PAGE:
Submitted to: Annals of the Entomological Society of America
Publication Type: Peer reviewed journal
Publication Acceptance Date: 3/1/1999
Publication Date: N/A
Citation: Interpretive Summary: Female moths use perfumes called pheromones to attract mates. Production of pheromones usually occurs only at specific times of the night. Knowing what factors regulate the production of pheromones and how these factors act is important to understanding the pheromone communication systems of these insects. Scientists at the Center for Medical, Agricultural and Veterinary Entomology, USDA ARS and the Division of Neurobiology, University of Arizona, have been studying how the tobacco budworm moth (Heliothis virescens), a serious pest of cotton in the United States, regulates the production of pheromones. Their studies have shown that these pests use chemicals called neuropeptides, produced in the brain, to stimulate pheromone production. These neuropeptides are present also in a nerve center, or ganglion, that is in close association with the gland that produces the pheromones. The scientists also discovered that the neuropeptides function in conjunction with nervous signals and that both nerve signals and neuropeptides are required for the moths to produce pheromones. This research has provided important fundamental knowledge on how these pest moths regulate production of sex pheromones. The results also provide important information for development of new strategies for pest control based on the use of insect neuropeptides analogs to change the natural production of pheromone and thereby inhibit mating.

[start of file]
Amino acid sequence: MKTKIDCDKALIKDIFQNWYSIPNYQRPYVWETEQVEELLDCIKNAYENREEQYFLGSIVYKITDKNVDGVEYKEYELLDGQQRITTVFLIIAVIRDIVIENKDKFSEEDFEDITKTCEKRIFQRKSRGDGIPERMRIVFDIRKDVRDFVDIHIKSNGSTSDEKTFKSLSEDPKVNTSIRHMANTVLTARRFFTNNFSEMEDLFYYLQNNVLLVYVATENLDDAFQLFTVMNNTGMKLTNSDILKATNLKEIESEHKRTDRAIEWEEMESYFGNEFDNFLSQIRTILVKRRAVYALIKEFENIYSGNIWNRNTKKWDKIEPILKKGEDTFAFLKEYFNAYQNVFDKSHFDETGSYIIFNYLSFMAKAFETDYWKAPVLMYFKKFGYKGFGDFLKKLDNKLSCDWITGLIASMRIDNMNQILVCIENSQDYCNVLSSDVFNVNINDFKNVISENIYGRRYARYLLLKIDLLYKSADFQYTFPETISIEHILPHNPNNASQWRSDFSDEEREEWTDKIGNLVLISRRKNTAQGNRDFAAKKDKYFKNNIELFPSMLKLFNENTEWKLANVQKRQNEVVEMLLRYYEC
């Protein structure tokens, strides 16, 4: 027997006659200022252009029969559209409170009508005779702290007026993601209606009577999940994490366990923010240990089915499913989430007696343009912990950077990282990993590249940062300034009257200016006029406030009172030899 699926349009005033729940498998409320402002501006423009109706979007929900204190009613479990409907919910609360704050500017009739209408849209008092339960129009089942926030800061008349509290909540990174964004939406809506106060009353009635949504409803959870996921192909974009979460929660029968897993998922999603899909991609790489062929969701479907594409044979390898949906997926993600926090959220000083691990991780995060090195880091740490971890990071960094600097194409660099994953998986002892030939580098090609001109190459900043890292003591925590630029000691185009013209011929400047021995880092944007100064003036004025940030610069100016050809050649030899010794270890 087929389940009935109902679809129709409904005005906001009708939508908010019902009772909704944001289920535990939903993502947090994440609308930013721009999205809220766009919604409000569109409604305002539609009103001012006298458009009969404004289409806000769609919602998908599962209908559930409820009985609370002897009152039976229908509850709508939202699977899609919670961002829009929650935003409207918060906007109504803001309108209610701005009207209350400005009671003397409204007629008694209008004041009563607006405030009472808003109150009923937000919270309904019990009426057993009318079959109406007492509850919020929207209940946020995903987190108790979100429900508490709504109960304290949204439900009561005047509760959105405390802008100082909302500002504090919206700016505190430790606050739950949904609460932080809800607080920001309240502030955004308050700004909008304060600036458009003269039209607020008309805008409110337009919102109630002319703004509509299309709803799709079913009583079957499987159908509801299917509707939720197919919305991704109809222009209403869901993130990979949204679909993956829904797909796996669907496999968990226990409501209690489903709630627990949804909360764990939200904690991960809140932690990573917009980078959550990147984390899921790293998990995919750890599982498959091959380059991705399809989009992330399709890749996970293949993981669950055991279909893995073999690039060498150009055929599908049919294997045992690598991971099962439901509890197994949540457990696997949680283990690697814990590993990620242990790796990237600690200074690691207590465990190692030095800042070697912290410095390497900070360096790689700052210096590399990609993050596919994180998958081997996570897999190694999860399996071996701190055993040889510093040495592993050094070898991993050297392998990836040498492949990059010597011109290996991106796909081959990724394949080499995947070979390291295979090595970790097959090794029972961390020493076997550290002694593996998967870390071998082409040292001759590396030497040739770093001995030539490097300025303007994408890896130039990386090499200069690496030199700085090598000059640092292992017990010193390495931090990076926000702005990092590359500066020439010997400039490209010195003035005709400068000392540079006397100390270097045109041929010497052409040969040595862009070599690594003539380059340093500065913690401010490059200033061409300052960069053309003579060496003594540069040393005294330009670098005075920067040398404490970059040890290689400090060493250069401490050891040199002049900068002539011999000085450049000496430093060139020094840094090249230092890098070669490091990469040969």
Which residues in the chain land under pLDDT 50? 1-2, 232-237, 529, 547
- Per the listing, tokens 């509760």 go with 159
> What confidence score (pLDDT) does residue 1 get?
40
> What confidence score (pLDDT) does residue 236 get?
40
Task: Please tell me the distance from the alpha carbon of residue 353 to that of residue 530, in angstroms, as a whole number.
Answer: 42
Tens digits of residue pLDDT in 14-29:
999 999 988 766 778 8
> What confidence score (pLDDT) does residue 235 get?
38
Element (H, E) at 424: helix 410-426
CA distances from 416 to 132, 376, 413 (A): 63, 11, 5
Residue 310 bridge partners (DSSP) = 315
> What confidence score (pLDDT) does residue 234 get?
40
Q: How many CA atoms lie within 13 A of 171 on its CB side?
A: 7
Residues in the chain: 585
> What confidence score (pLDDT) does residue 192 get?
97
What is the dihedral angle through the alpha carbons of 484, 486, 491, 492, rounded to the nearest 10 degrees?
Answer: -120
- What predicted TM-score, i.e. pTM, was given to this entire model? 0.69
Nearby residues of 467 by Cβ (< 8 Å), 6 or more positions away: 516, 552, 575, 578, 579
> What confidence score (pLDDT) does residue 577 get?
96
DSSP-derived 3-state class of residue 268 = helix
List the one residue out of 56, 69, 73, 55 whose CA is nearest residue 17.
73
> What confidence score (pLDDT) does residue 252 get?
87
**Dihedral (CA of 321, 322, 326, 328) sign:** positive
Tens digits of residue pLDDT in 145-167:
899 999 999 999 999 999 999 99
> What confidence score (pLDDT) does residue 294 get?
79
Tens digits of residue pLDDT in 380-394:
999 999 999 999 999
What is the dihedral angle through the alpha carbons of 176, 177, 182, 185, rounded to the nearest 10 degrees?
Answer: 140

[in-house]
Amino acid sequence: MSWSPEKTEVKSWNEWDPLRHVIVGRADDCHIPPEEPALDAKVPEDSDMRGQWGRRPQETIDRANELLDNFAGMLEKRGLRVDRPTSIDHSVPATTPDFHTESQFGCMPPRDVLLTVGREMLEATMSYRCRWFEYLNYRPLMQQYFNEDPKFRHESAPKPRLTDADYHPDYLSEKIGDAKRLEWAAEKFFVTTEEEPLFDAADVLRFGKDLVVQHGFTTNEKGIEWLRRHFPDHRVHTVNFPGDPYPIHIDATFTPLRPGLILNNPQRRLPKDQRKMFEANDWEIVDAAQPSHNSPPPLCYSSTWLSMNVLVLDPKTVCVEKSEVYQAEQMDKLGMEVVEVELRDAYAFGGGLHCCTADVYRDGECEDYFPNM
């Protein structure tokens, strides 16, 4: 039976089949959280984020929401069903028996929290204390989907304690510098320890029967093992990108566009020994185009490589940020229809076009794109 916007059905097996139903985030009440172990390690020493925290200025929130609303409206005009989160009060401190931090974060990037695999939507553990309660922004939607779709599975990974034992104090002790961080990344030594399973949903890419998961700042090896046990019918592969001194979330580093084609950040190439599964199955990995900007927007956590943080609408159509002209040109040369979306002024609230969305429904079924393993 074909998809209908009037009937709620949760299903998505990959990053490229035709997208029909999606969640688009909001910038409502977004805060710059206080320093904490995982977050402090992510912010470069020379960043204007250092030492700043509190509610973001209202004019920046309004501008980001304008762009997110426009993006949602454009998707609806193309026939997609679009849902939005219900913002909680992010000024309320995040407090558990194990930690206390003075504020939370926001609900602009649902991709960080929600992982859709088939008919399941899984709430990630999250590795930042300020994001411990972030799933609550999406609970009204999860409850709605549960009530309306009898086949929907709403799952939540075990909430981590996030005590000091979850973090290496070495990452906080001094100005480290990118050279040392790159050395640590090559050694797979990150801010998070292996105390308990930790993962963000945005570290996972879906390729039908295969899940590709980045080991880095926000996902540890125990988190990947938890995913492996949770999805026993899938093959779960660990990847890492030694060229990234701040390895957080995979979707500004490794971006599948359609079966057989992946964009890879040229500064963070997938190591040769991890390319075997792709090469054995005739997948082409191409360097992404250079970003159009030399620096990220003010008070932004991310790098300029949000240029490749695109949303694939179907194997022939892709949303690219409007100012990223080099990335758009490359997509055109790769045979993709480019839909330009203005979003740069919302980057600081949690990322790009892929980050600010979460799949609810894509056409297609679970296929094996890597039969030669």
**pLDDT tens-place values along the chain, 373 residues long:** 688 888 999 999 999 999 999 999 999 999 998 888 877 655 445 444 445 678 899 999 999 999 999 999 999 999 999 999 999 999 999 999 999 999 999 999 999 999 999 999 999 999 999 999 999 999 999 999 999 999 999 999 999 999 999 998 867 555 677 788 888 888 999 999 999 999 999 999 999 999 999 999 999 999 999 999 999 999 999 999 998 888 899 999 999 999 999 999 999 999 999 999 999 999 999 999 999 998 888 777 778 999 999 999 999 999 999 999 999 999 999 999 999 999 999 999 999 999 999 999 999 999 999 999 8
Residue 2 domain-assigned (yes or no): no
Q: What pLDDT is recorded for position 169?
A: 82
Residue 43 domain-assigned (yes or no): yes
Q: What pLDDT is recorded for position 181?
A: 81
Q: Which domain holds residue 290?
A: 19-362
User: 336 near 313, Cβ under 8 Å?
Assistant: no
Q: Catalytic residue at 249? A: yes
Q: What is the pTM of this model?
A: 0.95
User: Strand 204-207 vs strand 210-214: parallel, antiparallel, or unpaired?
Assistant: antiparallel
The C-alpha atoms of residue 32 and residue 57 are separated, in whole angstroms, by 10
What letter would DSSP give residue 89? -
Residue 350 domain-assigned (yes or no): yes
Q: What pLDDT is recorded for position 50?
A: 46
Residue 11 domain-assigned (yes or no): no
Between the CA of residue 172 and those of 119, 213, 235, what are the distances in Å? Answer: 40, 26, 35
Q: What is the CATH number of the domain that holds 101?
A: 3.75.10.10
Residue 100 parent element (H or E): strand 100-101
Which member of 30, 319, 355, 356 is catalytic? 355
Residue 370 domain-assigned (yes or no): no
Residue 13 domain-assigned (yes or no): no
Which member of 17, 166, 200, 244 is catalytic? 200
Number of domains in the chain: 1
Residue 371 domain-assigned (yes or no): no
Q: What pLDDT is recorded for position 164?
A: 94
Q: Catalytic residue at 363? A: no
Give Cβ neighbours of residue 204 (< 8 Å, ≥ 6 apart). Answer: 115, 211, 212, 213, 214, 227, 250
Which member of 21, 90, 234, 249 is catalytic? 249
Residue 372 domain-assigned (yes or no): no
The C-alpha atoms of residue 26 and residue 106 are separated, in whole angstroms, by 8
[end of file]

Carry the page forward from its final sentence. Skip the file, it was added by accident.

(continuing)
Technical Abstract: This work was undertaken in an effort to clarify the possible role of neural control of sex pheromone biosynthesis in the female of Heliothis virescens. Severance of the connection of the ventral nerve cord to the terminal abdominal ganglion (TAG), or severance of nerves extending from the TAG, resulted in a severe reduction in the production of sex pheromone that normally occurs during the scotophase. However, the amount of pheromone extracted from the glands of these surgically manipulated females was greater than that from glands of normal females extracted during the photophase when pheromone levels are low or not detectable. Injection of an extract of female TAGs into virgin females resulted in the production of sex pheromone. Chromatographic separation of extracts of the TAG and of the brain/subesophageal ganglion complex revealed that the TAG contains pheromonotropic peptides with retention characteristics very similar to those of the BR/SEG. Results from ELISAs indicated that the pheromonotropic peptides of the TAG have some degree of homology at the C-terminus to Hez-PBAN. However, the structures of the peptides from H. virescens are not identical to Hez-PBAN. Our results demonstrated that in H. virescens, neural control combined with hormonal regulation, is essential for optimal production of sex pheromones.